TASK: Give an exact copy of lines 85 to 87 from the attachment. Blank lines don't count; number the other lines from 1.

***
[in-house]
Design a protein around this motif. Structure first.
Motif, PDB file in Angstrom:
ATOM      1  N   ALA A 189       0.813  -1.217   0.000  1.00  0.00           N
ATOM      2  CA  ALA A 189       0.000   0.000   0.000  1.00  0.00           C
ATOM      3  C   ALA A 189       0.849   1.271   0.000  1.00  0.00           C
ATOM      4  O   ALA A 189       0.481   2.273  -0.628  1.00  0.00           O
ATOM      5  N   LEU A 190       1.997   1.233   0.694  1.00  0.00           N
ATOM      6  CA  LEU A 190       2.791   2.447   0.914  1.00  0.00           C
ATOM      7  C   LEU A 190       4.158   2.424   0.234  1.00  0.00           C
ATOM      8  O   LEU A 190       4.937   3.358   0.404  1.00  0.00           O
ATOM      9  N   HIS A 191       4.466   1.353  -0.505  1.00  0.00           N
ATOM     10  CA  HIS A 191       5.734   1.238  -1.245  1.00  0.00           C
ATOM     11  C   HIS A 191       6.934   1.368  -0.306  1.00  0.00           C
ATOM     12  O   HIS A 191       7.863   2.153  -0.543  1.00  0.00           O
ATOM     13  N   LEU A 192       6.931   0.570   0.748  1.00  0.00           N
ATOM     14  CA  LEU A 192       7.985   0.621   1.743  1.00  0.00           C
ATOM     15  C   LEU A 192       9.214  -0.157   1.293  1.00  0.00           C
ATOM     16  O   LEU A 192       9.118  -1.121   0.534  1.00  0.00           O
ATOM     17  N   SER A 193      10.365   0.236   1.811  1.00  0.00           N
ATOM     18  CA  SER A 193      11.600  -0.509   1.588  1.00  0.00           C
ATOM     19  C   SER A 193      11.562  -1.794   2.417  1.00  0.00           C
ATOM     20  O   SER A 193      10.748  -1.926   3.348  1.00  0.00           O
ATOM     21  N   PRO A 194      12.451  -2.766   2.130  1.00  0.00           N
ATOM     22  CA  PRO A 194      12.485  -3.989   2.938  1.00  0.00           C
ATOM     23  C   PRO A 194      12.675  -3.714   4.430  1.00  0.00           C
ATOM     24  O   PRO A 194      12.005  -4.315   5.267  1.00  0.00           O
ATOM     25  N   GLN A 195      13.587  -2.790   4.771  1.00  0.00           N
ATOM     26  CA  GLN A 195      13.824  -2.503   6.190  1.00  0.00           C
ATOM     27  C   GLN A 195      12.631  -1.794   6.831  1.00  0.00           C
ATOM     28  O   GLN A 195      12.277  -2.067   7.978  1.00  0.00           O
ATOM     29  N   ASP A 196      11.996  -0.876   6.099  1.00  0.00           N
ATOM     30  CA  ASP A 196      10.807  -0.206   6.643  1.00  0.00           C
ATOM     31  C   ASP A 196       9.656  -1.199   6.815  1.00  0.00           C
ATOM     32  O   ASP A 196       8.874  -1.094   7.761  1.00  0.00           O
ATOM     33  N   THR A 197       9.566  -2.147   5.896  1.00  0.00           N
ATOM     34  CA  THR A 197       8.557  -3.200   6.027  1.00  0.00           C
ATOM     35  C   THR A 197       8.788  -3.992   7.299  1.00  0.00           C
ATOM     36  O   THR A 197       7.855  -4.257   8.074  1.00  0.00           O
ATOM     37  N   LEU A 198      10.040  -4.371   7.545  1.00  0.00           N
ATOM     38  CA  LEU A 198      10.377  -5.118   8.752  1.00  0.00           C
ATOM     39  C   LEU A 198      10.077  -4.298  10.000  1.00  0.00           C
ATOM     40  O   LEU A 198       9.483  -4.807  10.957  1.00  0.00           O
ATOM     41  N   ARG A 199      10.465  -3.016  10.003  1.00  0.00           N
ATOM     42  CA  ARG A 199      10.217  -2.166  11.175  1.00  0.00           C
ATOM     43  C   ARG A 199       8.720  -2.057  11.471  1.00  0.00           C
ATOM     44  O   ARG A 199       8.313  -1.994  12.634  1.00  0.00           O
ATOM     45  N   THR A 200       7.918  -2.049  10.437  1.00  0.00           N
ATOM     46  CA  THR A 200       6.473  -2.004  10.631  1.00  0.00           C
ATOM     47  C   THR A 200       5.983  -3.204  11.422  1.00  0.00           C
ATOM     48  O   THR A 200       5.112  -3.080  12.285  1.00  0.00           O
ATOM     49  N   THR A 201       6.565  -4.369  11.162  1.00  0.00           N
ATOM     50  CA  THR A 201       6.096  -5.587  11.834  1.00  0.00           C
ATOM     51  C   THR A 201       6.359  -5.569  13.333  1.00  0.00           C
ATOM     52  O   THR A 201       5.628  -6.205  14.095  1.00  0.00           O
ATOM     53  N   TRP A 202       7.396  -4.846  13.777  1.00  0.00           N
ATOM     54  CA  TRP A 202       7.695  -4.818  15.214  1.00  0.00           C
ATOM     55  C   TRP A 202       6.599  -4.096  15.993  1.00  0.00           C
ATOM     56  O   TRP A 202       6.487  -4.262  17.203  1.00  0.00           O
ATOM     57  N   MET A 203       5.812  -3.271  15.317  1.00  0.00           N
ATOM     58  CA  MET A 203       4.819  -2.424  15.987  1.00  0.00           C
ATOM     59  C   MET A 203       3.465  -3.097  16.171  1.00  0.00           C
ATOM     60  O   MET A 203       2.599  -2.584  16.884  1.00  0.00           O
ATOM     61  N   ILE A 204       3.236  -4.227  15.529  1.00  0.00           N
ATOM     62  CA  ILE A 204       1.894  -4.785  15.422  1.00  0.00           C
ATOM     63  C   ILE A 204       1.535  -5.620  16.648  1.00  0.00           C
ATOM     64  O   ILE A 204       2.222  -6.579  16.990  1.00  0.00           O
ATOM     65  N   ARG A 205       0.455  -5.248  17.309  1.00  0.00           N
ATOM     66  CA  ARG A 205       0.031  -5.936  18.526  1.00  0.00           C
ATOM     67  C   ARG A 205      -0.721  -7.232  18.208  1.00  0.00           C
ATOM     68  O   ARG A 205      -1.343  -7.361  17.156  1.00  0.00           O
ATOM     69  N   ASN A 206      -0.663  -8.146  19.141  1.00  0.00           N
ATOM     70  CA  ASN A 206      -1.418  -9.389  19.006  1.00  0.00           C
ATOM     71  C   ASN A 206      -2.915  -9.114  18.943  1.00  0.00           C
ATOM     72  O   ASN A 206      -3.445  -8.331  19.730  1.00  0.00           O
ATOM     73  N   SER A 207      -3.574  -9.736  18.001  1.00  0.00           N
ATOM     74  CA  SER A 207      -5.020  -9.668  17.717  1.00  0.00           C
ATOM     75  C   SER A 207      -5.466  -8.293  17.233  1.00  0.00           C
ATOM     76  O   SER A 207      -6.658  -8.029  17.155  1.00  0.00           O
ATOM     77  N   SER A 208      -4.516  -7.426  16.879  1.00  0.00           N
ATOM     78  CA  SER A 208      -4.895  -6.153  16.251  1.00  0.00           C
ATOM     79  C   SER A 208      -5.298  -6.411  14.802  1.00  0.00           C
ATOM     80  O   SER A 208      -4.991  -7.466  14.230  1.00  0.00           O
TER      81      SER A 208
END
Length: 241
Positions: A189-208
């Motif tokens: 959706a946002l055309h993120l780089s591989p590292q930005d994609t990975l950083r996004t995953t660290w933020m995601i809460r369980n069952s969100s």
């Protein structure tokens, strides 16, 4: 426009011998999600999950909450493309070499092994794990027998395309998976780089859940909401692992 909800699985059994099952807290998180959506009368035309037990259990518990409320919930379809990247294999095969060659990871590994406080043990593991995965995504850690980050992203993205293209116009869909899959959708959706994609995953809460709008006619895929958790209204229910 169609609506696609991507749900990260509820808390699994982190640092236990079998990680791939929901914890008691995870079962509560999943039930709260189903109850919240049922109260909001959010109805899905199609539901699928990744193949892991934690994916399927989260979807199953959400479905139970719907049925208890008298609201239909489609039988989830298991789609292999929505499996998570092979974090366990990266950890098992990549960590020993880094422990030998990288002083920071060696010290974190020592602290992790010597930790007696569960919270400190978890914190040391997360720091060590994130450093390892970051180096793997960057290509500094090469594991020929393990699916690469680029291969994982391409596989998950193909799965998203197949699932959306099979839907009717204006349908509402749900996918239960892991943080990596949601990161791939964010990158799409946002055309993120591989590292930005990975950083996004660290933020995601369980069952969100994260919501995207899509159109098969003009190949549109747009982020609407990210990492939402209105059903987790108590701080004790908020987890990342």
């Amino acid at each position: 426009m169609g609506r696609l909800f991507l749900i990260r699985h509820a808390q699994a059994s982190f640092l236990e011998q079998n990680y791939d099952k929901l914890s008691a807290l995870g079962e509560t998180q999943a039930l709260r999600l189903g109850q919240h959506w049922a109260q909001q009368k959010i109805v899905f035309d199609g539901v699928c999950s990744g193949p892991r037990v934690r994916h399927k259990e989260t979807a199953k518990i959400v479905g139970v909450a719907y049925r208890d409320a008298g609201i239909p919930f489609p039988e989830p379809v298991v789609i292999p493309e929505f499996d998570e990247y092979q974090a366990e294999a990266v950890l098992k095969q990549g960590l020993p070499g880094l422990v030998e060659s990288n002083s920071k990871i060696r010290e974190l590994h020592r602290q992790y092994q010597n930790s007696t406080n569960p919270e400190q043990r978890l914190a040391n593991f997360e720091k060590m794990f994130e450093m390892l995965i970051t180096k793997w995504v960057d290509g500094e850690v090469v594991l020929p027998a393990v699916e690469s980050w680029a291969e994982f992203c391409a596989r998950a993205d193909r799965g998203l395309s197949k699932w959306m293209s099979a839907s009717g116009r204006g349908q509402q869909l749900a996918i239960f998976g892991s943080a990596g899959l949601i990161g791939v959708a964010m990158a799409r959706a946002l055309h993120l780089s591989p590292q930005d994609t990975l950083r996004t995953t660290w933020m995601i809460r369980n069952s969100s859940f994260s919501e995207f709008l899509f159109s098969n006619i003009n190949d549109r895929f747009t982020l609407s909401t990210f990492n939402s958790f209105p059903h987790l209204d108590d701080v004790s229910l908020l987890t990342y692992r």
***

END
Length: 241
Positions: A189-208